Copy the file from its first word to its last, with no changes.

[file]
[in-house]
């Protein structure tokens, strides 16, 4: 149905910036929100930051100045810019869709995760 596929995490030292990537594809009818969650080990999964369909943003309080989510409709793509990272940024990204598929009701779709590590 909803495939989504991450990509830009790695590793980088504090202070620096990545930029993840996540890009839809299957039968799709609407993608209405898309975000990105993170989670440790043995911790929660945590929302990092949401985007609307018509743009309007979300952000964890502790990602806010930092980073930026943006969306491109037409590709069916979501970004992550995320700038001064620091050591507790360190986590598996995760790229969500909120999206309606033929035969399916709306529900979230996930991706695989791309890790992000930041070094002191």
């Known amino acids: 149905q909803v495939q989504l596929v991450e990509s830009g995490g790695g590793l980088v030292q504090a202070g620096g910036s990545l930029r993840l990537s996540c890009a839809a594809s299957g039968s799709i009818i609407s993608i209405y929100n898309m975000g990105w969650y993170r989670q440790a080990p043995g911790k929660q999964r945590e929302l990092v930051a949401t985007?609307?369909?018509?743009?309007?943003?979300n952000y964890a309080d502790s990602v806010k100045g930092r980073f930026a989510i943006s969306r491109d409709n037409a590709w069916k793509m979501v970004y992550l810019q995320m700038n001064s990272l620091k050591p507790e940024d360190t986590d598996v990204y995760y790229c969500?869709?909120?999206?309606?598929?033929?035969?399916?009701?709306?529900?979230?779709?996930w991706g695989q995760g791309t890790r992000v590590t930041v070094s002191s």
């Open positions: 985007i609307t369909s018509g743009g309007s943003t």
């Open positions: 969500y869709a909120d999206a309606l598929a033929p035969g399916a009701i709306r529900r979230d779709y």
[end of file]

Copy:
[in-house]
């Protein structure tokens, strides 16, 4: 149905910036929100930051100045810019869709995760 596929995490030292990537594809009818969650080990999964369909943003309080989510409709793509990272940024990204598929009701779709590590 909803495939989504991450990509830009790695590793980088504090202070620096990545930029993840996540890009839809299957039968799709609407993608209405898309975000990105993170989670440790043995911790929660945590929302990092949401985007609307018509743009309007979300952000964890502790990602806010930092980073930026943006969306491109037409590709069916979501970004992550995320700038001064620091050591507790360190986590598996995760790229969500909120999206309606033929035969399916709306529900979230996930991706695989791309890790992000930041070094002191």
């Known amino acids: 149905q909803v495939q989504l596929v991450e990509s830009g995490g790695g590793l980088v030292q504090a202070g620096g910036s990545l930029r993840l990537s996540c890009a839809a594809s299957g039968s799709i009818i609407s993608i209405y929100n898309m975000g990105w969650y993170r989670q440790a080990p043995g911790k929660q999964r945590e929302l990092v930051a949401t985007?609307?369909?018509?743009?309007?943003?979300n952000y964890a309080d502790s990602v806010k100045g930092r980073f930026a989510i943006s969306r491109d409709n037409a590709w069916k793509m979501v970004y992550l810019q995320m700038n001064s990272l620091k050591p507790e940024d360190t986590d598996v990204y995760y790229c969500?869709?909120?999206?309606?598929?033929?035969?399916?009701?709306?529900?979230?779709?996930w991706g695989q995760g791309t890790r992000v590590t930041v070094s002191s």
């Open positions: 985007i609307t369909s018509g743009g309007s943003t």
């Open positions: 969500y869709a909120d999206a309606l598929a033929p035969g399916a009701i709306r529900r979230d779709y």